Petroleum supplies are by no means the only natural resources in the Arctic: there are many minerals there as well. In all these areas Russia is well advanced in exploration and exploitation. For many years Russia has maintained a coal mine in Spitzbergen, the Taymyr Peninsula has large coal reserves that India is interested in, there’s a large gold mine in Chukotka and Norilsk has been a producer of nickel, copper and palladium for years. Russia’s Arctic helium production is the the subject of a breathless NYT piece. But these are just samples of what is likely there and the Northern Sea Route, when it is routinely operational, will open more areas for exploration, exploitation and transport.

The Arctic is a formidable environment and work, let alone mere survival, requires enormous amounts of energy the sources of which may be far from the sites. Moscow has an answer for that too – nuclear power stations. Specifically floating, and therefore moveable, nuclear power stations. The first of these, the Akademik Lomonosov, has been operating for more than a year in Pevek, Chukotka. A second is under construction and the current plan calls for seven in total. But, if the project succeeds – and so far so good – there will likely be more. Again, none of the other Arctic nations has anything like this, even though the USA actually pioneered the concept.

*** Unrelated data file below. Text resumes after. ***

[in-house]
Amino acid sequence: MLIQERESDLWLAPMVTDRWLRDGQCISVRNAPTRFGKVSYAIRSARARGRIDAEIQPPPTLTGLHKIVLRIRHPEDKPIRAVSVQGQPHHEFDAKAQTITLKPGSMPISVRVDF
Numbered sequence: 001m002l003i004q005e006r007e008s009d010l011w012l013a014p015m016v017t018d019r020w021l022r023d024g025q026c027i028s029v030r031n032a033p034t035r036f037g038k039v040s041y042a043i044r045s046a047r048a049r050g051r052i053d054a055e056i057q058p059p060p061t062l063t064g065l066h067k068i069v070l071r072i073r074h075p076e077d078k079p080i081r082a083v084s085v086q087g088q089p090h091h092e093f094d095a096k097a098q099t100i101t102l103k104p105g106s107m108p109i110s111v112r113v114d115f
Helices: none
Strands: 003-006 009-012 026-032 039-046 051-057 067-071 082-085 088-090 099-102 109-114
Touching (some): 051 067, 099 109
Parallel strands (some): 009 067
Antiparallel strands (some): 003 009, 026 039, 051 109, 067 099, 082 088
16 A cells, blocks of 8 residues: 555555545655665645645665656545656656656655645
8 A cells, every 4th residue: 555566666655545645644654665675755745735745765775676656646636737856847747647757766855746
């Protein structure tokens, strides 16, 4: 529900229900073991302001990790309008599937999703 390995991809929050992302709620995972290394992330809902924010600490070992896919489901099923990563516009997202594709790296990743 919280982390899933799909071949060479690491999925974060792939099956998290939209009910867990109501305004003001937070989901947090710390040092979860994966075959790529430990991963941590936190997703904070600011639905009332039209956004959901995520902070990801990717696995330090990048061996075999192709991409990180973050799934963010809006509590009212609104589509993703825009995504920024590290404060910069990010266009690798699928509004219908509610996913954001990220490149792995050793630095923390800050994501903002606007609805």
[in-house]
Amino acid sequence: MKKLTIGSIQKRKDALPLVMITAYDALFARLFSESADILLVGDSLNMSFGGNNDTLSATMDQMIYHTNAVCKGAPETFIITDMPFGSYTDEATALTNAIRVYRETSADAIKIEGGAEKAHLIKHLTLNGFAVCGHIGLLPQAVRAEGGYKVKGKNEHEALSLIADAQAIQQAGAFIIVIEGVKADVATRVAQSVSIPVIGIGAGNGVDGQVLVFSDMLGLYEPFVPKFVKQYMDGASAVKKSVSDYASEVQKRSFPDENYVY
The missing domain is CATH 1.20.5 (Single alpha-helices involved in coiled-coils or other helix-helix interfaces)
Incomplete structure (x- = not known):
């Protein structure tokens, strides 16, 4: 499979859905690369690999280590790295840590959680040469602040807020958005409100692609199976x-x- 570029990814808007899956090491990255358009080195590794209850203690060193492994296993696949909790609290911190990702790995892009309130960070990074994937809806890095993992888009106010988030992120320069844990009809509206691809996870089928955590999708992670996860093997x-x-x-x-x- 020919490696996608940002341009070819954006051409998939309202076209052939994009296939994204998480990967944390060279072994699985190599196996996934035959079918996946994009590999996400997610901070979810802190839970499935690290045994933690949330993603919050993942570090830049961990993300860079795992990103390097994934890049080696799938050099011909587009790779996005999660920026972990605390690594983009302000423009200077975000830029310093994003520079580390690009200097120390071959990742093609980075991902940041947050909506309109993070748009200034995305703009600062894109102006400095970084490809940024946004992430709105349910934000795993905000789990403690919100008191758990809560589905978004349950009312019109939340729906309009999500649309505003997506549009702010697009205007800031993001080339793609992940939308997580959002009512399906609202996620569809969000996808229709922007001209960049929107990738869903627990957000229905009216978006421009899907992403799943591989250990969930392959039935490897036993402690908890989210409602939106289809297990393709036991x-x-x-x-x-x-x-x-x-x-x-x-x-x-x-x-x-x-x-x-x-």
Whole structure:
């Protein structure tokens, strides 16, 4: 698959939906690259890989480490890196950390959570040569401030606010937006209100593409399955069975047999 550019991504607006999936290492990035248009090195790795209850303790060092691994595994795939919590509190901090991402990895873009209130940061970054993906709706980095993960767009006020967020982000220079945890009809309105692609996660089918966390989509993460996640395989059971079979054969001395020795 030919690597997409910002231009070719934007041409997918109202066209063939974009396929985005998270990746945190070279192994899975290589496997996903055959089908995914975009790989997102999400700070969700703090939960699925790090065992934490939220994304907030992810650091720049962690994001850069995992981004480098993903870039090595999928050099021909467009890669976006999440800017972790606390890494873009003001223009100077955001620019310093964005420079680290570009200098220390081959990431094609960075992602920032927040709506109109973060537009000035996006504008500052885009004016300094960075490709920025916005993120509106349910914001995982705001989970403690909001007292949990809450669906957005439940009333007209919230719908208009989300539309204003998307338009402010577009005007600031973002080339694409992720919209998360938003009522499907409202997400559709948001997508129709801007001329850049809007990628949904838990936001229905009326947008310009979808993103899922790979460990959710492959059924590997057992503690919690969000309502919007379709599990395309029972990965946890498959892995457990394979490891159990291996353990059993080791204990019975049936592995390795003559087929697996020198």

Of the five Arctic nations, only three seem to operate military bases in the true Arctic area. The USA has a number of facilities in Alaska but all of them are south of the Bering Strait but it does operate a significant air base at Thule in Greenland (76 degrees north) (Google maps). Canada operates CF Station Alert at 82 degrees north; but it is a relatively small huddle of buildings reachable only by air: (Google Maps). A naval facility is being constructed at the top of Baffin Island and is expected to become operational in 2022. This paper describes Canada’s efforts in its 22% of the Arctic and admits “Significant gaps remain between its current abilities and desired end-state, yet there has been a steady improvement in its basic skill sets”. Two of the Arctic nations – the USA and Russia – operate fleets of nuclear-powered submarines which can travel under the arctic ice but only Russia has submarines actually based in the territory at Polyarnyy in the Kola Peninsula.